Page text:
Friday Night: Burgundy

No region, no word is so evocative of European Civilisation than “Burgundy“, that region of East-Central France that is home to some of the finest, and priciest wines on the planet. The region seems to have been home to vineyards since at least the second century AD. The Rhone-Saone corridor was crucial in transmitting all the elements of civilisation from the Mediterranean lands of Italy and Greece up into the dark and woody north, and good food and wines were premier in the Romans’ priorities. The name itself seems to have come from the Burgundians, a tribe who briefly ruled in the area after the collapse of the Western Empire, and who themselves may have originated on the distant Baltic island of Bornholm, a region little known for viticulture.

It was the monasteries of the middle ages, particularly the Cistercians, who took the region by the neck, as t’were, and originated the obsessions with terroir, appellation, grand cru and all the other arcane terminology beloved of the cognoscenti. Wikipedia has a good baseline link here [1] and we include a link also to the Wine Society to act as a point of departure for more serious explorers, as well as some ace pictures [2]

Where to go and what to buy? Well, what follows is largely for UK readers for obvious reasons (we are no longer in any position here to tell the rest of you what to think!) but it shows what can be found in a good supermarket. We’ve largely chosen Waitrose,[3] but any good mid range retailer would do as well.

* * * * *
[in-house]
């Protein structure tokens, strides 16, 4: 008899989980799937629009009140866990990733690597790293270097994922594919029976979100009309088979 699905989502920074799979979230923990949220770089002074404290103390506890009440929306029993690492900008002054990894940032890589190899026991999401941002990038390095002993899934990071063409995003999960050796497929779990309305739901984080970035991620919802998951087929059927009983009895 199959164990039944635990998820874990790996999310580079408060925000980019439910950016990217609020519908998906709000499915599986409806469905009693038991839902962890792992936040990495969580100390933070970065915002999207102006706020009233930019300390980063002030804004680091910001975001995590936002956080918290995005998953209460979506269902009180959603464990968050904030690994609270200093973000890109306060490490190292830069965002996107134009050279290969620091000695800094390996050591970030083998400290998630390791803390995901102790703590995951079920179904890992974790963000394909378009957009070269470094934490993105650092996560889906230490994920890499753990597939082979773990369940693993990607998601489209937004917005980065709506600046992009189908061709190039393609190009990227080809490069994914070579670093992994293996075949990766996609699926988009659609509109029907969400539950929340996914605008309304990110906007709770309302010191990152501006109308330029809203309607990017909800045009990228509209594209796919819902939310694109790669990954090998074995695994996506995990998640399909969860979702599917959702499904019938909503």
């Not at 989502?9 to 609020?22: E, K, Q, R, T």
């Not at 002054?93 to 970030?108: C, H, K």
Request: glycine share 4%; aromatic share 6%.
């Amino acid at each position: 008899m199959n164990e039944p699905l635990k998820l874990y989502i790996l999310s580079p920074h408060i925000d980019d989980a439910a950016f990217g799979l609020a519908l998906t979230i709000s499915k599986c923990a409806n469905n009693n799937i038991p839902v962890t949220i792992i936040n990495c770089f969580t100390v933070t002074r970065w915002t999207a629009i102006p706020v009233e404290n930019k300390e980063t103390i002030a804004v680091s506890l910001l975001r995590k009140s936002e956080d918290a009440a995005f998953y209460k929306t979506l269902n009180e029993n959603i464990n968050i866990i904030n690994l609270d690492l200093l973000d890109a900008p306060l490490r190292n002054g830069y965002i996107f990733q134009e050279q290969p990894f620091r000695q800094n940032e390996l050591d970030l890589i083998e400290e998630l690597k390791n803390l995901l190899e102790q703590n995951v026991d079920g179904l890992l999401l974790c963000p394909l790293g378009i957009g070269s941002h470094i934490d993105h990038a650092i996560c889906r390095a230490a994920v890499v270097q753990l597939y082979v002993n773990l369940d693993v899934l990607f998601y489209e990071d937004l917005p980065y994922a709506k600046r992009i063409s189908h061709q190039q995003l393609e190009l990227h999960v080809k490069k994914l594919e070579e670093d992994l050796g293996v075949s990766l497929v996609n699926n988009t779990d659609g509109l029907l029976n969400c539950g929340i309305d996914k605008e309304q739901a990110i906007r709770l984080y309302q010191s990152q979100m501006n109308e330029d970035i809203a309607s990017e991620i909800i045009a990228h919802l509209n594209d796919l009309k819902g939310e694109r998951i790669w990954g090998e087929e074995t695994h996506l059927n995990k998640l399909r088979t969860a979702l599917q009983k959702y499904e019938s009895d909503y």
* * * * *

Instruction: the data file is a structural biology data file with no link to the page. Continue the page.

Entry Level: We thought their Cave de Lugny Chardonnay, Macon-Villages makes a very reasonably priced starting point at £10.99. It’ll get you accustomed to the bottle and the labels without breaking the bank. And at least you can say you’ve tried., Fans of the marvellous old TV show Clochemerle will demand Beaujolais is “let in”-so why not a Morgon la Chanaise at £14.99?

Mid Range Ah, now you’re getting serious At £36.99 a No1 Cote de Beaune is one to lead a special dinner party, and will partner most meats and birds well, especially roast. We have never been big followers of the so called red/ white dichotomy with grub, and usually keep a bottle of both on the table. People seem to drink them just the same, especially if poured a few cocktails into them before all sat down.

Getting Heavy What, are you a Conservative Party donor or something? In which case a Volnay en Chevret Preier Cru is just for you, though even you may want to drink it slowly at £50.00 a bottle. Or how about a Louis Jadot Chassagne Montrachet Premier Cru at an eye watering £75.00? But these prices are piffle for real Burgundy lovers.

Sparklers We’ve never understood the obsession with Champagne, especially when the Burgundy region is able to produce such a good sparkling wine as Cremant. To get you started try an absolute bottom of the range Louis Bouillot Cremant de Bourgogne from £1400 at Sainsbury’s. And ask yourself-“what would I pay for a Champagne like this?” We only ask

Whatever you are doing this weekend, enjoy




#burgundy #cremant

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